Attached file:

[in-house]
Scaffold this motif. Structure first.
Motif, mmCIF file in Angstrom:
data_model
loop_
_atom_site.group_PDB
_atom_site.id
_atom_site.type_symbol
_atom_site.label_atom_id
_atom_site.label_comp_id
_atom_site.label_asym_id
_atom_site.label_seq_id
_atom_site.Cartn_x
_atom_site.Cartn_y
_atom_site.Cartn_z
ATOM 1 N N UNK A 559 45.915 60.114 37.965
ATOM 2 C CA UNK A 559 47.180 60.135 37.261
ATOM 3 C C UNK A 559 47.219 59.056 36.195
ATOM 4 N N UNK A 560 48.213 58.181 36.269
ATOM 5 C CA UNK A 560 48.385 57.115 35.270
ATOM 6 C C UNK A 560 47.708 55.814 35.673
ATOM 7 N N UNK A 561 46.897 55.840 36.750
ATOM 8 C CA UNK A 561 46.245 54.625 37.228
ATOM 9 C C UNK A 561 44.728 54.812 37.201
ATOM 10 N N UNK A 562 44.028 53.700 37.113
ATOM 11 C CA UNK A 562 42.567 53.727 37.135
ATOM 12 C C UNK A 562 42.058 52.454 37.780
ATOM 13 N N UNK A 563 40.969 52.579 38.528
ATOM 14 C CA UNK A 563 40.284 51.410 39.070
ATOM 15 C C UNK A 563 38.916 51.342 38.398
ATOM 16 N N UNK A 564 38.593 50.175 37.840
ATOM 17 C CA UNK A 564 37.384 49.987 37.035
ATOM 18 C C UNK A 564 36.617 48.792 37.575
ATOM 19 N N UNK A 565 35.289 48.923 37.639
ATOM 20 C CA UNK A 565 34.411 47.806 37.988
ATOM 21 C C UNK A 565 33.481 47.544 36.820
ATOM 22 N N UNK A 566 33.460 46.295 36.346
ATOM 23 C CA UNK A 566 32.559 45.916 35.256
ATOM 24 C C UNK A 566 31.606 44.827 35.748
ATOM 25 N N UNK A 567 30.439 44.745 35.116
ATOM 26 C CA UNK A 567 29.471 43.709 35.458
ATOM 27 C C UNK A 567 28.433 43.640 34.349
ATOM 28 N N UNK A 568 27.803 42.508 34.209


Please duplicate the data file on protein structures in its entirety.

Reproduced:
[in-house]
Scaffold this motif. Structure first.
Motif, mmCIF file in Angstrom:
data_model
loop_
_atom_site.group_PDB
_atom_site.id
_atom_site.type_symbol
_atom_site.label_atom_id
_atom_site.label_comp_id
_atom_site.label_asym_id
_atom_site.label_seq_id
_atom_site.Cartn_x
_atom_site.Cartn_y
_atom_site.Cartn_z
ATOM 1 N N UNK A 559 45.915 60.114 37.965
ATOM 2 C CA UNK A 559 47.180 60.135 37.261
ATOM 3 C C UNK A 559 47.219 59.056 36.195
ATOM 4 N N UNK A 560 48.213 58.181 36.269
ATOM 5 C CA UNK A 560 48.385 57.115 35.270
ATOM 6 C C UNK A 560 47.708 55.814 35.673
ATOM 7 N N UNK A 561 46.897 55.840 36.750
ATOM 8 C CA UNK A 561 46.245 54.625 37.228
ATOM 9 C C UNK A 561 44.728 54.812 37.201
ATOM 10 N N UNK A 562 44.028 53.700 37.113
ATOM 11 C CA UNK A 562 42.567 53.727 37.135
ATOM 12 C C UNK A 562 42.058 52.454 37.780
ATOM 13 N N UNK A 563 40.969 52.579 38.528
ATOM 14 C CA UNK A 563 40.284 51.410 39.070
ATOM 15 C C UNK A 563 38.916 51.342 38.398
ATOM 16 N N UNK A 564 38.593 50.175 37.840
ATOM 17 C CA UNK A 564 37.384 49.987 37.035
ATOM 18 C C UNK A 564 36.617 48.792 37.575
ATOM 19 N N UNK A 565 35.289 48.923 37.639
ATOM 20 C CA UNK A 565 34.411 47.806 37.988
ATOM 21 C C UNK A 565 33.481 47.544 36.820
ATOM 22 N N UNK A 566 33.460 46.295 36.346
ATOM 23 C CA UNK A 566 32.559 45.916 35.256
ATOM 24 C C UNK A 566 31.606 44.827 35.748
ATOM 25 N N UNK A 567 30.439 44.745 35.116
ATOM 26 C CA UNK A 567 29.471 43.709 35.458
ATOM 27 C C UNK A 567 28.433 43.640 34.349
ATOM 28 N N UNK A 568 27.803 42.508 34.209